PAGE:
Reply With Quote
Old 8th June 2003, 09:38 PM   #6
diyAudio Member
 
EchoWars's Avatar
 
Join Date: Dec 2002
Location: Left of the Dial
Here are three basic unity gain circuits. The third is an example of what my friend told me...to make the resistor the approximate value of the output impedence of the supplying stage.

What are the pluses and minuses of using any one of these?

You replies are really appreciated. Thank you much...
Attached Images
File Type: png opamps.png (1.8 KB, 1228 views)
  Reply With Quote
Old 10th June 2003, 04:43 PM   #7
diyAudio Member
 
Tube_Dude's Avatar
 
Join Date: Mar 2002
Location: Aveiro-Portugal
Default One or two...

Hi EchoWars...

The first exemple in your figure doesn´t have unity gain ,but the gain of two..

Regards
__________________
Jorge
  Reply With Quote
Old 10th June 2003, 05:32 PM   #8
MBK is offline MBK  Singapore
diyAudio Member
 
Join Date: Apr 2002
Location: Singapore
Standard application is "no resistor". It will work with no massive problems. Data sheets for op amps will say, to be picky, match impedances on op amp inputs IF the series resistance on the (+) input exceeds a certain value. For the OPA 2134 this value is 2k. For the OPA 2604 I don't know.

In your case: if this is an emitter follower buffer, in other words, zero or just a few dozen ohms between preceding stage output and the (+) input, then the feedback path can be a straight wire. If there is a series resistance exceeding say, these 2k, then make the feedback path from out to (-)in a resistor of equal value to the (+)in series resistance.

The main effect will be in lowering DC offset.


MBK
  Reply With Quote
Old 10th June 2003, 05:37 PM   #9
MBK is offline MBK  Singapore
diyAudio Member
 
Join Date: Apr 2002
Location: Singapore
OR:

use an inverting buffer: the circuit as is to (-)in, a 27k//10k from -(in) to output, and (+)in to GND.

Usually overshoot and capacitive drive capability as well as DC offset problems are lesser in inverting configuration.

MBK
  Reply With Quote
Old 10th June 2003, 06:22 PM   #10
diyAudio Member
 
EchoWars's Avatar
 
Join Date: Dec 2002
Location: Left of the Dial
Default Re: One or two...

Quote:
Originally posted by Tube_Dude
Hi EchoWars...

The first exemple in your figure doesn´t have unity gain ,but the gain of two..

Regards
Yes.....saw my error after posting, was too lazy to change.

MBK, the datasheet on the 2604 does not indicate at what point the series resistance should be matched, but in the circuit in my first post, it appears that the output impedence is somewhere around 10K. This seems like a large value for a feedback resistor in a unity gain stage. If I have examined the supplying stage incorrectly (certainly possible, since I'm obviously rusty on this), I'd appreciate being corrected.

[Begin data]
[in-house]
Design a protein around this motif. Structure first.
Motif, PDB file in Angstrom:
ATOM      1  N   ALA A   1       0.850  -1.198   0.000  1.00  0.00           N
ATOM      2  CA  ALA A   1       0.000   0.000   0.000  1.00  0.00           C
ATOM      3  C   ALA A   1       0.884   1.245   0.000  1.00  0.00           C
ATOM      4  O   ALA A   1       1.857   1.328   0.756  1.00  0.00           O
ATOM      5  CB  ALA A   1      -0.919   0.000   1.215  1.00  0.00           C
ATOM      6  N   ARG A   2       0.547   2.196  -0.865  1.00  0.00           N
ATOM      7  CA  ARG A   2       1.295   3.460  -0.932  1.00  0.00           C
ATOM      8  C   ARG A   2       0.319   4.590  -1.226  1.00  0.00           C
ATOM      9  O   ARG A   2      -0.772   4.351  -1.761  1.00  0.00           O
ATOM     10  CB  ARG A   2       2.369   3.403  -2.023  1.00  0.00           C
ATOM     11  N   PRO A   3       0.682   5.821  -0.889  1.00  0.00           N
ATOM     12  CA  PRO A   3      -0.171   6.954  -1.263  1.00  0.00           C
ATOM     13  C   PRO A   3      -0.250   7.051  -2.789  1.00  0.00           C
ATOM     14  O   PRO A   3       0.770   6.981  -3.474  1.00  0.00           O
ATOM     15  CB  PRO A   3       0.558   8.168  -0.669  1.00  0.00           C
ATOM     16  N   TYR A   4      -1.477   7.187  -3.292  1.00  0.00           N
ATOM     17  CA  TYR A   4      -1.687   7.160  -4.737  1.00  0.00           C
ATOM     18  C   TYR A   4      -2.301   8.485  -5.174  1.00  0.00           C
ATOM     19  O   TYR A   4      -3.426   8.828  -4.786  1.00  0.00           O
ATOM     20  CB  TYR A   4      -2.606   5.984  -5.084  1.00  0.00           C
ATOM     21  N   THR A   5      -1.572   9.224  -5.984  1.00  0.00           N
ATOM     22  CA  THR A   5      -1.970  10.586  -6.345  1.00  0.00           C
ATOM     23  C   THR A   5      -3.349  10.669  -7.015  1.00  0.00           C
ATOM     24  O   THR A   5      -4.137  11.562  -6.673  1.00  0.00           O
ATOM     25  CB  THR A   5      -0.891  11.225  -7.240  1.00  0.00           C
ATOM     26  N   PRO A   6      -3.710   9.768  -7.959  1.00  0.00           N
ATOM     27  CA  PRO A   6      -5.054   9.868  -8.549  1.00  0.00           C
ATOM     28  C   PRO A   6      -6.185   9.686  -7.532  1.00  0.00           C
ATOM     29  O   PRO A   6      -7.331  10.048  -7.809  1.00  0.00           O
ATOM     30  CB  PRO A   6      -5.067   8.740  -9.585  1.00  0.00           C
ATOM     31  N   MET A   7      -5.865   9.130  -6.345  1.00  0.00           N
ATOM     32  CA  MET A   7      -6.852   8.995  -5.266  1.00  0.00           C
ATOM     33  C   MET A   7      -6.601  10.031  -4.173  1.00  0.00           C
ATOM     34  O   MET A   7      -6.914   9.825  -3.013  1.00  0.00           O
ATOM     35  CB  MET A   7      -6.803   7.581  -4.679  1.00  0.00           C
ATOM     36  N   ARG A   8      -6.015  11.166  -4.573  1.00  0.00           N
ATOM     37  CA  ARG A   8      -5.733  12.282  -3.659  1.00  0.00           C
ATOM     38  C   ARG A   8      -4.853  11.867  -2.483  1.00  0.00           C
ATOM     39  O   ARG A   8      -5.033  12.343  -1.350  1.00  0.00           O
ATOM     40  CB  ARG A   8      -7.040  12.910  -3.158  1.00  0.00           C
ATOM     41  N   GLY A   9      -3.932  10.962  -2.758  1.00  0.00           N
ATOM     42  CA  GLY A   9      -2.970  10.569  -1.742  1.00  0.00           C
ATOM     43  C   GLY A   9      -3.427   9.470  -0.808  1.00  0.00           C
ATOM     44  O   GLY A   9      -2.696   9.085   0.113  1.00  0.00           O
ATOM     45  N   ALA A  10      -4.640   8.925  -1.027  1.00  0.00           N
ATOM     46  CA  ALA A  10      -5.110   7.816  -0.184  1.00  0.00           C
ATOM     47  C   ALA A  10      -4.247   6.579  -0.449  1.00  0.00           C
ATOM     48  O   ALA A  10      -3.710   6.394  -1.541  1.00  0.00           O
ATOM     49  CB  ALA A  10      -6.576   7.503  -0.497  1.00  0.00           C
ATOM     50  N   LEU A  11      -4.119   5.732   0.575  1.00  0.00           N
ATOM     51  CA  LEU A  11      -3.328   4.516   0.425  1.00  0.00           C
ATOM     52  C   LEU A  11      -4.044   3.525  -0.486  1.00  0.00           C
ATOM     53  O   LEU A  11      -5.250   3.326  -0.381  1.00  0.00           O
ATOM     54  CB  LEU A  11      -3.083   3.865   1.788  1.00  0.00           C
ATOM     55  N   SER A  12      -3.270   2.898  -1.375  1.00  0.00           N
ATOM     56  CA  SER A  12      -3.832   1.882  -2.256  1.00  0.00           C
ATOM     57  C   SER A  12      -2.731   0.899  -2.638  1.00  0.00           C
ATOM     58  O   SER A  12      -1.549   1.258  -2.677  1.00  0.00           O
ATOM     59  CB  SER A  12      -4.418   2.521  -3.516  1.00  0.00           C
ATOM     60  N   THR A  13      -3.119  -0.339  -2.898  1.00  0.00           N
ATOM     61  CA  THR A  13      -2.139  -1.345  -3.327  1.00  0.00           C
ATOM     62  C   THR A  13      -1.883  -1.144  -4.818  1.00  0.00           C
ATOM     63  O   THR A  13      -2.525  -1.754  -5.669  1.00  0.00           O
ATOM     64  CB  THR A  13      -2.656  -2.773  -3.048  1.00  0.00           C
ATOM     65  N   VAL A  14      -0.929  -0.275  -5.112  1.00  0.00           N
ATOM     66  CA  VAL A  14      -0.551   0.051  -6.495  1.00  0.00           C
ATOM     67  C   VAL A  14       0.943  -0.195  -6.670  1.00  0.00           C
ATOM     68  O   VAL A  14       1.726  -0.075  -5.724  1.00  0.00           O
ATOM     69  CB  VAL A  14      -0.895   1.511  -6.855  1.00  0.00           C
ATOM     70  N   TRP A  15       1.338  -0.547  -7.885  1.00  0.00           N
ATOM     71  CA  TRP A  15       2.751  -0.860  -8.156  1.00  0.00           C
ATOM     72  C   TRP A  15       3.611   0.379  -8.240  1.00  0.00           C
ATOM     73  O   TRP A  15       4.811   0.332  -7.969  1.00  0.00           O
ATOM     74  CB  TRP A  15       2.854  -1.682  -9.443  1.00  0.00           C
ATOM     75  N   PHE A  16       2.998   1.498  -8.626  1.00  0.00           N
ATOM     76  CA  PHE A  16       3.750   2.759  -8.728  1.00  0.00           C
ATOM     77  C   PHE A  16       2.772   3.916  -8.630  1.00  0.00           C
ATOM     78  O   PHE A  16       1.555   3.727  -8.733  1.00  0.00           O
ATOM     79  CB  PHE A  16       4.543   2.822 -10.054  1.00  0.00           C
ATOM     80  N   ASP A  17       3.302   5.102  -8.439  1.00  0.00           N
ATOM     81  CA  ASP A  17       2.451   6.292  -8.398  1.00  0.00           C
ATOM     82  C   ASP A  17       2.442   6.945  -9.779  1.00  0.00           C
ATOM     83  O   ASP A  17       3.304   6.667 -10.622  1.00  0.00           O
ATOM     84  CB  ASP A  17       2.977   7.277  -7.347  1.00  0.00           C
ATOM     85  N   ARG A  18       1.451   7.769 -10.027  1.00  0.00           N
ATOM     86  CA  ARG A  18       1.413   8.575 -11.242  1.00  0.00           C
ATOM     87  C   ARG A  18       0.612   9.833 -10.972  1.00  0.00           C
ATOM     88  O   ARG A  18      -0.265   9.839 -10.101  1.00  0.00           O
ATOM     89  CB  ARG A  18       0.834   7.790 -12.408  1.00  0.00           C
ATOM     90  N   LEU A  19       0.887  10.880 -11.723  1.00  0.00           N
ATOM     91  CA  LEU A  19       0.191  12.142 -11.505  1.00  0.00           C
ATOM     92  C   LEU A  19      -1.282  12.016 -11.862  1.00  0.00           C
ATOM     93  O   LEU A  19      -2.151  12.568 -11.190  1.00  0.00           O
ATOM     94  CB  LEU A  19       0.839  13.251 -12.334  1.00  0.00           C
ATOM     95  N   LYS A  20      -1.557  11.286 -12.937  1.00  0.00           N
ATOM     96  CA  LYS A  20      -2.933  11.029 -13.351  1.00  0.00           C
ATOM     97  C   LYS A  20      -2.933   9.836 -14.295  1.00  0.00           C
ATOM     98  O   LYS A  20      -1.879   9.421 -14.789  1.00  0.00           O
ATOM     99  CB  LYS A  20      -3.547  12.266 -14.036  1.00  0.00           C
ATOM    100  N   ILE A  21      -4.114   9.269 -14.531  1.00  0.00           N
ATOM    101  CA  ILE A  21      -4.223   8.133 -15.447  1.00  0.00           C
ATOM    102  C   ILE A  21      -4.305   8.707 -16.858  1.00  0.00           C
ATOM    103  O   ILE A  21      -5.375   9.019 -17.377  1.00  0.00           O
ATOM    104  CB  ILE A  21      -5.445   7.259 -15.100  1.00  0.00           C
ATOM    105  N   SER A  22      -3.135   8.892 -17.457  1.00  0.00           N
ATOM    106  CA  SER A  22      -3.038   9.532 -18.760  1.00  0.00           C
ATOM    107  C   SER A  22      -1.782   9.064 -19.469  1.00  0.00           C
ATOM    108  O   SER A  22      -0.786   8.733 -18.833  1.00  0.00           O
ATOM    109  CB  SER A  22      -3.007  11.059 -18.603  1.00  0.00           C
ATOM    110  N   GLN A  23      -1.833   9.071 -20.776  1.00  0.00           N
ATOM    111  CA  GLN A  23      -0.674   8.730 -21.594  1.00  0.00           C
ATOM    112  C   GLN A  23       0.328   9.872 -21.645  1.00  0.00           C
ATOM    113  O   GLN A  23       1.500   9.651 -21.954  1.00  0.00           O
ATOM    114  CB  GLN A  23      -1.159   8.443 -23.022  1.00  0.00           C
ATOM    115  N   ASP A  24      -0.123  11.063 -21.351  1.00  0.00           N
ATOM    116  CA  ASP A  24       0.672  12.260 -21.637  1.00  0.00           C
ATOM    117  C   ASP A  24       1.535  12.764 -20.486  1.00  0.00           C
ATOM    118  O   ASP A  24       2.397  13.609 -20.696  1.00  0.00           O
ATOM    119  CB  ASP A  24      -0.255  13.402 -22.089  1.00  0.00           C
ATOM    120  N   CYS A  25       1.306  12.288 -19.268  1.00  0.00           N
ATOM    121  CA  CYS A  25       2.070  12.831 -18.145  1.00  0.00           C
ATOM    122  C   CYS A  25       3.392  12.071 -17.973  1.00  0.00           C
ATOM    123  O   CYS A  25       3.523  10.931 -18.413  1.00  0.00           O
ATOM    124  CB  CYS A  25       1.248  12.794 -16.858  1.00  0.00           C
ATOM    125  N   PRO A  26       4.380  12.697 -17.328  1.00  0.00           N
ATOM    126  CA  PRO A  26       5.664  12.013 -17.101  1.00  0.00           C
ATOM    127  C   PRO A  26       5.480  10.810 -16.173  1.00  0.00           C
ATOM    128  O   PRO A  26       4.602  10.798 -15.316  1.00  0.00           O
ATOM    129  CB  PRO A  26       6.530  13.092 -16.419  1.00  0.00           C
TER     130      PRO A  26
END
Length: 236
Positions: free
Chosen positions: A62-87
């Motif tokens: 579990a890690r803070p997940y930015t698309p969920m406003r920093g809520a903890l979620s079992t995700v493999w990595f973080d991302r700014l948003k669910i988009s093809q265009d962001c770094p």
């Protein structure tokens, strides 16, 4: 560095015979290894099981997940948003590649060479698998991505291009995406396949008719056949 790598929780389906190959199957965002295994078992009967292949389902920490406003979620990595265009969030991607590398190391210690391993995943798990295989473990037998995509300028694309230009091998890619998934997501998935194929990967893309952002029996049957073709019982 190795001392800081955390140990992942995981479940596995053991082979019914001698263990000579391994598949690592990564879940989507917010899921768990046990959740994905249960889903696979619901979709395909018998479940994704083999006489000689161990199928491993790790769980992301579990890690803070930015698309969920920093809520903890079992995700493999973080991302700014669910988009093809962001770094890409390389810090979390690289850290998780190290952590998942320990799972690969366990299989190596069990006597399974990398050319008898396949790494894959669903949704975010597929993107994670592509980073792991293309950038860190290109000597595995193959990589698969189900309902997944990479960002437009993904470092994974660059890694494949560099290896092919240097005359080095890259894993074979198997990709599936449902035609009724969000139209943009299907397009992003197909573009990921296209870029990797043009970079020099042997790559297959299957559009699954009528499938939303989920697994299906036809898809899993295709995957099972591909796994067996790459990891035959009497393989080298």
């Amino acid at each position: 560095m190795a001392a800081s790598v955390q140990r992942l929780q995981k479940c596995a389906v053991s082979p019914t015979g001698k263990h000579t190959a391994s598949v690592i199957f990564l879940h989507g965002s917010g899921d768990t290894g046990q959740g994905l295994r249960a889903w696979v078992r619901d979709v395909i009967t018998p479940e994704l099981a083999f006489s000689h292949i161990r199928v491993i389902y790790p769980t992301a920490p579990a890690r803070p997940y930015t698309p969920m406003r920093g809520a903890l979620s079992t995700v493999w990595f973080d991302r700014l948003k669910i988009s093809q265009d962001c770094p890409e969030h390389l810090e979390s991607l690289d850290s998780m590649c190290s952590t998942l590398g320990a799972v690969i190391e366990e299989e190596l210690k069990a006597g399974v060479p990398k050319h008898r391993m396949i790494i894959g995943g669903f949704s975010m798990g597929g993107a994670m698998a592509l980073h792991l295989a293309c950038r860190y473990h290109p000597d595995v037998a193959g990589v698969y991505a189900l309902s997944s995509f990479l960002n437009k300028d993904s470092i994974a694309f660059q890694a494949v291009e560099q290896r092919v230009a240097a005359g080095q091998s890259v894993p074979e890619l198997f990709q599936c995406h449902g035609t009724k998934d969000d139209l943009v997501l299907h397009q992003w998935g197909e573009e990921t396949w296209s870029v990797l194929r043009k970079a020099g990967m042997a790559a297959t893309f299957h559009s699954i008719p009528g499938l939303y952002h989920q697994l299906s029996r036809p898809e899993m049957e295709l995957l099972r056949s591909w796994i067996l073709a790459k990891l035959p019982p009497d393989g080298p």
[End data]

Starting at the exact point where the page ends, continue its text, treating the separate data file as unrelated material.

I cannot invert. There is no latter stage where I might invert again, so I'm stuck with non-inverting. Perhaps I may stick a trimpot in the feedback loop and see what it does to offset, which is my main consideration...from there I might read a value and decide on a resistor...
  Reply With Quote

Reply


Hide this!Advertise here!
Thread Tools Search this Thread
Search this Thread:

Advanced Search

Posting Rules
You may not post new threads
You may not post replies
You may not post attachments
You may not edit your posts

BB code is On
Smilies are On
[IMG] code is On
HTML code is Off
Trackbacks are Off
Pingbacks are Off
Refbacks are Off


Similar Threads
Thread Thread Starter Forum Replies Last Post
UcD400 opamp buffer tomahack Class D 3 1st November 2006 10:56 PM
PMA's opamp/buffer pcb garbage Digital Source 1 2nd August 2004 03:09 PM
Opamp + buffer, how to bypass buffer at HF for unity gain? Christer Solid State 10 29th October 2003 07:50 AM
opamp with/without buffer....??? tbla Solid State 11 13th September 2003 04:18 PM


New To Site? Need Help?

All times are GMT. The time now is 11:30 PM.


vBulletin Optimisation provided by vB Optimise (Pro) - vBulletin Mods & Addons Copyright © 2014 DragonByte Technologies Ltd.
Copyright ©1999-2014 diyAudio

Content Relevant URLs by vBSEO 3.3.2